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Opinion

February 11, 2013

Editorial: Travel, parking bans played key roles against blizzard

The idea of fining someone up to $500 — or sentencing someone to up to a year in jail — for daring to simply drive on one of Massachusetts’ roadways Friday night and late Saturday afternoon certainly raised a few eyebrows, even in the face of the Blizzard of 2013.

Similarly, the notion of Gloucester police tagging any vehicles to be towed for parking on a city street has always been seen as a foreign concept by many folks as well.

But no one should argue that those tactics — heavy-handed or not — were among the key factors that allowed many Gloucester and Cape Ann residents to be able to get out and about by Sunday morning, less than 24 hours after the final hit by an historic winter storm that buried us in between 20 and 24 inches of snow while socking a number of residents and business owners with wind and storm surge damage.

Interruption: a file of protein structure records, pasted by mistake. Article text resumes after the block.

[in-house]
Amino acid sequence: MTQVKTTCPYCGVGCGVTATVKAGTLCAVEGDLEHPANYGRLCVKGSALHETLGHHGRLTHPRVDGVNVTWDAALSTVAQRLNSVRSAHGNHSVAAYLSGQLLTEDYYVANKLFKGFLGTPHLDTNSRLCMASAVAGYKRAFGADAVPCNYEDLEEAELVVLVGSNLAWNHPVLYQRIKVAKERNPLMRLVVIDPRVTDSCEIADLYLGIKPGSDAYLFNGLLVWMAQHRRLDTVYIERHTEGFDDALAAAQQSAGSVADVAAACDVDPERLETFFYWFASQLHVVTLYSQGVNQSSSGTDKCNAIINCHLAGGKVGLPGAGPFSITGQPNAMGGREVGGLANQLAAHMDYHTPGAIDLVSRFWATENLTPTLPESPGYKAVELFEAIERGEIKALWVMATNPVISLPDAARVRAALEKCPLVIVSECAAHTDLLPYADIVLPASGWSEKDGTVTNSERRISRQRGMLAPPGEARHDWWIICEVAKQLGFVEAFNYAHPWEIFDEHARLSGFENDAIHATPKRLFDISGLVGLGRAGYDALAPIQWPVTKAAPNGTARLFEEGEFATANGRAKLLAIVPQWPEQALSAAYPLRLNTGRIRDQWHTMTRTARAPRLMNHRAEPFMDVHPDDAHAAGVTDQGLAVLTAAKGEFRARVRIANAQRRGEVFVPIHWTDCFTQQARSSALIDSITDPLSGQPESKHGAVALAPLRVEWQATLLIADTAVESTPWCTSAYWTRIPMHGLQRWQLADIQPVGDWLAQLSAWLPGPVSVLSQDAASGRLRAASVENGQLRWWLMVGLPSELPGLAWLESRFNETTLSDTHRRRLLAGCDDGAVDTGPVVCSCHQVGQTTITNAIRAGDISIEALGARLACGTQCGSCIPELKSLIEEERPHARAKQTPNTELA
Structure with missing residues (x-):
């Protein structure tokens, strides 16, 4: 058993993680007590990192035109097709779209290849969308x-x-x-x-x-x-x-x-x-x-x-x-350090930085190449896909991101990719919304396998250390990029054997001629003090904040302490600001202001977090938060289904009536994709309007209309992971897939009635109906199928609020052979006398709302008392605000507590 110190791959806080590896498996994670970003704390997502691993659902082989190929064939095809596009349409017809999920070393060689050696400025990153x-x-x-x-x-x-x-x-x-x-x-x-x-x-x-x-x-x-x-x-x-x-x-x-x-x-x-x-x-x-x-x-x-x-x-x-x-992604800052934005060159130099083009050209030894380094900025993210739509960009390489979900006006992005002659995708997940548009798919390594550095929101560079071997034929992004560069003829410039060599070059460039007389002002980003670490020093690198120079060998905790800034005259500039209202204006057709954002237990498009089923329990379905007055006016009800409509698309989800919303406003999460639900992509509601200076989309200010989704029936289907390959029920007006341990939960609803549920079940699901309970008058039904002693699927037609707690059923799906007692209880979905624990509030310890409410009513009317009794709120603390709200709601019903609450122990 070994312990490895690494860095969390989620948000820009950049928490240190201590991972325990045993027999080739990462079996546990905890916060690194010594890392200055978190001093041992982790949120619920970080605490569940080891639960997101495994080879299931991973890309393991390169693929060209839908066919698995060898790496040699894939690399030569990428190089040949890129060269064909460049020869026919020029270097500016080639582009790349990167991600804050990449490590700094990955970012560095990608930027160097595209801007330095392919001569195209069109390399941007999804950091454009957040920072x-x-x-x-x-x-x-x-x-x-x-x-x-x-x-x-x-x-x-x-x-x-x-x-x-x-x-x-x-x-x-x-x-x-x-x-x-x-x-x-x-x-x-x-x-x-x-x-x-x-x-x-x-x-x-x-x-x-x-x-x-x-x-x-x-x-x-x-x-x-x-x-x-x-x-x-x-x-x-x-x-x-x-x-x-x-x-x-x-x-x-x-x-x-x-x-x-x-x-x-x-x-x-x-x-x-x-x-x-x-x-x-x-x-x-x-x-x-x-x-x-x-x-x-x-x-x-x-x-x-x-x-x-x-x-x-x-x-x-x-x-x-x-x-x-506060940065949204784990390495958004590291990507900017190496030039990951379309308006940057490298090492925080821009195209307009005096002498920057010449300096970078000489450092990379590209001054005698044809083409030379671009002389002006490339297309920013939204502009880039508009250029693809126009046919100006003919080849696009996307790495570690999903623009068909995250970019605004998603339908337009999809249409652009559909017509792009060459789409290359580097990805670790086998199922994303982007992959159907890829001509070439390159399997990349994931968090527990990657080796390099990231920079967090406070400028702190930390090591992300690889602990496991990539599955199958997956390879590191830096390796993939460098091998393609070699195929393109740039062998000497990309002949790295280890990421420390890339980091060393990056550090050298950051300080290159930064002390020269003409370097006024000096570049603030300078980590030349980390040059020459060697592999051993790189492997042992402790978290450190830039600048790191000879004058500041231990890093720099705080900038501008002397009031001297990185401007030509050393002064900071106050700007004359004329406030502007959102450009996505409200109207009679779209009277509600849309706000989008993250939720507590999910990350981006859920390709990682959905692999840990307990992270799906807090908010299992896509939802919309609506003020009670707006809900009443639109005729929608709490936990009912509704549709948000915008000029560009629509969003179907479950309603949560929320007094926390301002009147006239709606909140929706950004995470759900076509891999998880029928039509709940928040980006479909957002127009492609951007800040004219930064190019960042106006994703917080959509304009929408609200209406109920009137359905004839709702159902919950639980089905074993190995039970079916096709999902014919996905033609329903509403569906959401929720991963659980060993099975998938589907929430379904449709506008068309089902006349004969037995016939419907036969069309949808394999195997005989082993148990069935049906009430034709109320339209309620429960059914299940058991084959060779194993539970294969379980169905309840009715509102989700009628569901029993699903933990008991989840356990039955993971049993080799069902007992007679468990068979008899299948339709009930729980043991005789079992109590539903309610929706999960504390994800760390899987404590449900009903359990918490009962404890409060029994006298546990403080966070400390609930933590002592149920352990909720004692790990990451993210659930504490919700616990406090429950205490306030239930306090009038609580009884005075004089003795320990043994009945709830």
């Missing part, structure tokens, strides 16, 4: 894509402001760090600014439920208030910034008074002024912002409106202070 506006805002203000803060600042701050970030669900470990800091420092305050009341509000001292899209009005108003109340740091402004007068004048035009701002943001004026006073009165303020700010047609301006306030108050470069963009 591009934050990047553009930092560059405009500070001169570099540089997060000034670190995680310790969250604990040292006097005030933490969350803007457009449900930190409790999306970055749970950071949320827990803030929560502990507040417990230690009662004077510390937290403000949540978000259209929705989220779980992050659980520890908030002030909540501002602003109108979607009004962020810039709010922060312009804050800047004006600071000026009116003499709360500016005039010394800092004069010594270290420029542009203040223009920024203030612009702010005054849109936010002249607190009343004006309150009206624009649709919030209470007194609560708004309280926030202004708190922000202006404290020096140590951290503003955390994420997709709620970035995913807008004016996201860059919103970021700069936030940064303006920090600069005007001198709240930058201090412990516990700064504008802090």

So credit goes out to Gov. Deval Patrick, Mayor Carolyn Kirk, city Police Chief Leonard Campanello, Rockport’s selectmen and Department of Public Works crews across Cape Ann and beyond for helping us all of us deal with this weather blockbuster as well as we did. The fact that there were no reports of any storm-related Cape Ann deaths or injuries speaks to the extraordinary level of cooperation that shone through throughout the weekend among officials, emergency crews. And let’s not forget the cooperation among residents who, true to form in our communities, reached out to help and keep tabs on their neighbors through a weekend that could have gone much, much worse.

It was the governor’s travel ban that carried the potential $500 penalty and/or up to a year in jail. And, yes, on the surface, that seemed to go a tad overboard. But it also got every Massachusetts driver’s attention. And the nearly complete absence of cars, trucks and/or buses on the streets and highways seemed to give public works crews an extraordinary leg up on clearing the main arteries across Gloucester, Cape Ann and elsewhere — while essentially forcing drivers to tuck in their cars at home or in another safe parking area before the brunt of the blizzard even hit.

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